One of the main questions that continues to be asked is whether there will be an infrastructure for electric vehicles that adequately justifies such a purchase. More specifically, are there going to be enough electric charging stations should I choose to buy an electric vehicle?
Electric vehicles have achieved a new era of attention that has consumers seriously considering their options when it comes to their next purchase. Not only are companies like Tesla establishing a new chic in the electric vehicle sphere, but politicians are jumping on the bandwagon with huge funding commitments and ambitious targets.
As an example, Ontario’s recently released $8.3 billion climate change plan involves a pledge to provide generous subsidies that ensures at least 5 per cent of all vehicles sold in the province are electric by 2020. With up to $14,000 in rebates available, Ontario’s consumers are starting to make decisions that are not disproportionately determined by price.
One of the main questions that continues to be asked, however, is whether there will be an infrastructure for electric vehicles that adequately justifies such a purchase.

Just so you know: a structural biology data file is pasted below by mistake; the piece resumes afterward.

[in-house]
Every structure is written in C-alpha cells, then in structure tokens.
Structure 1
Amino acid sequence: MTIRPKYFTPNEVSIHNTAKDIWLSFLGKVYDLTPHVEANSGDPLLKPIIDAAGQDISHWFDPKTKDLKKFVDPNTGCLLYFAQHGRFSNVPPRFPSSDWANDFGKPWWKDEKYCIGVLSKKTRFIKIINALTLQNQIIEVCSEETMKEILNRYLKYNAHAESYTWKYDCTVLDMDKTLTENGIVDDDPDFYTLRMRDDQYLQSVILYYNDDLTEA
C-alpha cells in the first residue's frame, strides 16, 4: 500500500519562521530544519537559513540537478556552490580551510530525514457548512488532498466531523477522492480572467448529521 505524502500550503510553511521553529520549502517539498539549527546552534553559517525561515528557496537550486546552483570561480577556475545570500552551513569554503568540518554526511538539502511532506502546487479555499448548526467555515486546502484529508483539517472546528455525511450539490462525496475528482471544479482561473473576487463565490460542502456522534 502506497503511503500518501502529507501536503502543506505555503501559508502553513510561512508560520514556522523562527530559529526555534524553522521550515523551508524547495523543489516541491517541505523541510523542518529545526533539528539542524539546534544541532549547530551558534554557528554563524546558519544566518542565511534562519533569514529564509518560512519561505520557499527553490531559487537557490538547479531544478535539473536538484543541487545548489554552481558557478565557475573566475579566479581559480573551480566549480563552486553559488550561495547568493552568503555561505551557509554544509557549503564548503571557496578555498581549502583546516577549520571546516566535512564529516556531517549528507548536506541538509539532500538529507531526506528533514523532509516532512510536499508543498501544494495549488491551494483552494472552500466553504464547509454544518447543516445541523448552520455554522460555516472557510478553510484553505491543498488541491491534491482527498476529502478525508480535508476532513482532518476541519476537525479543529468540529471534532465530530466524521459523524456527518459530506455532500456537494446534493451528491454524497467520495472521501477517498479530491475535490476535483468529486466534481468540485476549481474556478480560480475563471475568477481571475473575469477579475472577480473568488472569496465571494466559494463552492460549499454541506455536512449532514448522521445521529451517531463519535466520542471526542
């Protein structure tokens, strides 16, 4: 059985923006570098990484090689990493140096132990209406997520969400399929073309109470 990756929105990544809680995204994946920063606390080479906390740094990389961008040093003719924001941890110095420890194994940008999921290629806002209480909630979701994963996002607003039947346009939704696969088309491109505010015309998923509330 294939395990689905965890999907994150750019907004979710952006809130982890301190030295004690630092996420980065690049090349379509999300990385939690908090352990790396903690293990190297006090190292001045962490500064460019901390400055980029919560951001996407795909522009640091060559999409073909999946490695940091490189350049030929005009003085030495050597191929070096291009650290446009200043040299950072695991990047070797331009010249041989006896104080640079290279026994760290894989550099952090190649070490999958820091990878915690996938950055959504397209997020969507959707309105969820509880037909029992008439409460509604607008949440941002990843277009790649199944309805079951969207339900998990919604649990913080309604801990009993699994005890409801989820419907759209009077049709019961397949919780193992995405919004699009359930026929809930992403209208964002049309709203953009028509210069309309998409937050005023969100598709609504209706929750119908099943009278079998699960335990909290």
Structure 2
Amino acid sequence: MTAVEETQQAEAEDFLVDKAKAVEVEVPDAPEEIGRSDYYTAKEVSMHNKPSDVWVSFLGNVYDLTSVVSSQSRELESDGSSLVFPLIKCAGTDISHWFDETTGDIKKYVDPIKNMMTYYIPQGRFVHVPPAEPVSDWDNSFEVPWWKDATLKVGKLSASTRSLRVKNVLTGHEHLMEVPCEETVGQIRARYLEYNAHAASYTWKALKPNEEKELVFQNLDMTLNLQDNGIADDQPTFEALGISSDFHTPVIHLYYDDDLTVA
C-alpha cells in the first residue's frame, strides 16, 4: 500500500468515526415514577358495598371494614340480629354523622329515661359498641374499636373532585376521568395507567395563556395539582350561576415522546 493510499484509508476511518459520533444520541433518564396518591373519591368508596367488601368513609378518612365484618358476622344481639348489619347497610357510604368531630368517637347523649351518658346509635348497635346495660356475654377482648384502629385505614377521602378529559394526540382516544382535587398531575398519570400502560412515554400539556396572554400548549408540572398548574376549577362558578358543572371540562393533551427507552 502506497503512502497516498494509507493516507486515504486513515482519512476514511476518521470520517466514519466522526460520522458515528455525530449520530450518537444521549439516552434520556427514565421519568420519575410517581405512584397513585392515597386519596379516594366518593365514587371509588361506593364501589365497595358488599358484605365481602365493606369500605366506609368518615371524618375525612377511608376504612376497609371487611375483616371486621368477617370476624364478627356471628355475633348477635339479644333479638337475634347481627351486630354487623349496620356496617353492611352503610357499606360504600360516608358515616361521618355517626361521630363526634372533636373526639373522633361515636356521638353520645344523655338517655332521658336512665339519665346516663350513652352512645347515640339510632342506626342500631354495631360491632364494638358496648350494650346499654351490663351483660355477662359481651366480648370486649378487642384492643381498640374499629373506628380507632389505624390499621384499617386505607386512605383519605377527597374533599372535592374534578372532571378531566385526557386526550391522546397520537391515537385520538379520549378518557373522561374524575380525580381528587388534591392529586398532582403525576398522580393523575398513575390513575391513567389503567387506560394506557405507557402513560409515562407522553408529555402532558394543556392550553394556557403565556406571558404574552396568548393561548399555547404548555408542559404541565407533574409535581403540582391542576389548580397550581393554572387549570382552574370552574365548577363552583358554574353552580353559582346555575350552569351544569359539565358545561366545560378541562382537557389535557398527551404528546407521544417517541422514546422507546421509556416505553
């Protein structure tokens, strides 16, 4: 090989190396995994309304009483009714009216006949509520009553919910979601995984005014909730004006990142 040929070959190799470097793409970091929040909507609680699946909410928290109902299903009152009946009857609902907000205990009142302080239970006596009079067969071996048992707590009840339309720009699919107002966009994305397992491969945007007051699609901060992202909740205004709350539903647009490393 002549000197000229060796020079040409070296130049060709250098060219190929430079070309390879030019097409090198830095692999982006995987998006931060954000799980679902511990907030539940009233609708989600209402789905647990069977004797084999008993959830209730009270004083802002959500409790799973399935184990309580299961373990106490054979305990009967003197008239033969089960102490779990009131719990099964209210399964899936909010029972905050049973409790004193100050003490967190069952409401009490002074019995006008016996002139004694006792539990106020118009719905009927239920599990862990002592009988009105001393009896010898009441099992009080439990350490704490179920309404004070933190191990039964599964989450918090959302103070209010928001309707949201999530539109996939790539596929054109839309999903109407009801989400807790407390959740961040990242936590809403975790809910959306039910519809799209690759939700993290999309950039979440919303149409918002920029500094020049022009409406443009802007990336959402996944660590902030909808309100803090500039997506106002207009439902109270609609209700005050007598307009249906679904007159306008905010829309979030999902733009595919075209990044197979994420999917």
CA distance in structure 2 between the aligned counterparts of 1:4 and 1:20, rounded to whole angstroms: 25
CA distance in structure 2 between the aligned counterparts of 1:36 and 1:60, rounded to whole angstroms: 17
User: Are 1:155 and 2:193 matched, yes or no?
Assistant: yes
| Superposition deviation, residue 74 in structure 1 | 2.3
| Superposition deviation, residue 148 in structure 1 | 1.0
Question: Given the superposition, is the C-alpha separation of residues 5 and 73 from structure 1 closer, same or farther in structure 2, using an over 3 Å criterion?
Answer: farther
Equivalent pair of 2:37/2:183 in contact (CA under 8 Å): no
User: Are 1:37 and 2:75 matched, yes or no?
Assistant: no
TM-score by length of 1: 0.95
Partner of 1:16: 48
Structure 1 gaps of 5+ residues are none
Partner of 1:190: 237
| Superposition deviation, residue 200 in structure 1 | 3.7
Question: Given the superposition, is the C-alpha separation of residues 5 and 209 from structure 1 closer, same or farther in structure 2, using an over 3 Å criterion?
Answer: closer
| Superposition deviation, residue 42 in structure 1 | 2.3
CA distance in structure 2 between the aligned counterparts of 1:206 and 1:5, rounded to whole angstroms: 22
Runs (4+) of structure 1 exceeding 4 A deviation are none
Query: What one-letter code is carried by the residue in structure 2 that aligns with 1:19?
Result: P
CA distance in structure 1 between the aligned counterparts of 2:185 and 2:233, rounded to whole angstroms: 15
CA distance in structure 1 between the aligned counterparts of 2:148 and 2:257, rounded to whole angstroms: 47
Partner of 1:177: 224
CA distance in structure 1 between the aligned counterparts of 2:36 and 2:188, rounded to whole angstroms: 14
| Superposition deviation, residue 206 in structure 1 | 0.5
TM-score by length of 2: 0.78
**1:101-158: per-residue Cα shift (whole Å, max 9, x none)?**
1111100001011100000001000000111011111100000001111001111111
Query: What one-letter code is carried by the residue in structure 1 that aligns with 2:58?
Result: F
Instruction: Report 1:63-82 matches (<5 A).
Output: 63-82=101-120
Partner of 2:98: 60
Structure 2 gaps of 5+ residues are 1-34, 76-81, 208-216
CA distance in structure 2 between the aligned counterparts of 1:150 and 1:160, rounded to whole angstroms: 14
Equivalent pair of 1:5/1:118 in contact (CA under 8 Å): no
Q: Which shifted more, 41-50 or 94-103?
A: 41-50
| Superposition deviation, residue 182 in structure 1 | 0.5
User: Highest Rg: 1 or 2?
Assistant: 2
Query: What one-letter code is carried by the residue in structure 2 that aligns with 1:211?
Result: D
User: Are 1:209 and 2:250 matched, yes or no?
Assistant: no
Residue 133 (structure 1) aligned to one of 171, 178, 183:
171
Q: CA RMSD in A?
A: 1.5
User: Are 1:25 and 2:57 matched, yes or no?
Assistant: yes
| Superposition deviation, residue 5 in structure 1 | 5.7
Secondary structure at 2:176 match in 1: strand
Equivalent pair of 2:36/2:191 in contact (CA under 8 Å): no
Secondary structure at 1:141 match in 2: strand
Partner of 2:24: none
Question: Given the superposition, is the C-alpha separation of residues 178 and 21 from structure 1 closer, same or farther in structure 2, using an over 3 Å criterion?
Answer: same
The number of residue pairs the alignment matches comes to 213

More specifically, are there going to be enough electric charging stations should I choose to buy an electric vehicle?
The fact is that while electric vehicles have been available for well over a decade, there isn’t a place in the world that has met political quotas for electric vehicles.
In Canada for example, cumulative sales of plug-in electric cars passed the 20,000 unit mark in May 2016. In 2014, there were 32,564,708 vehicles registered across the country.
Some jurisdictions are attempting to put in new building requirements for hew houses and residential buildings with regards to home-based charging stations. In reality, these kinds of actions are happening very slowly, due in large part to developers and potential home buyers from coast to coast to coast furiously opposing such measures.
Which then leaves the question of what is the time frame and coverage for electric vehicle infrastructure construction in Canada’s urban and rural centres? And will it be adequate for various types of trips?
The simple answers are yet to be determined, and not without far more density in terms of charging locations.
While cities like Vancouver now require 20% of the parking stalls in every new residential building include a receptacle for charging cars, coverage around the city can be described nothing more than sparse (Note: when considered against other Canadian cities, Vancouver is viewed as a leader).
These are the limitations that will restrict electric vehicles to being capable of travelling for short distances.
Just like other features of any other vehicles, consumers would be wise to consider how they plan on using their next vehicle, and whether an electric option make sense from a cost and convenience perspective.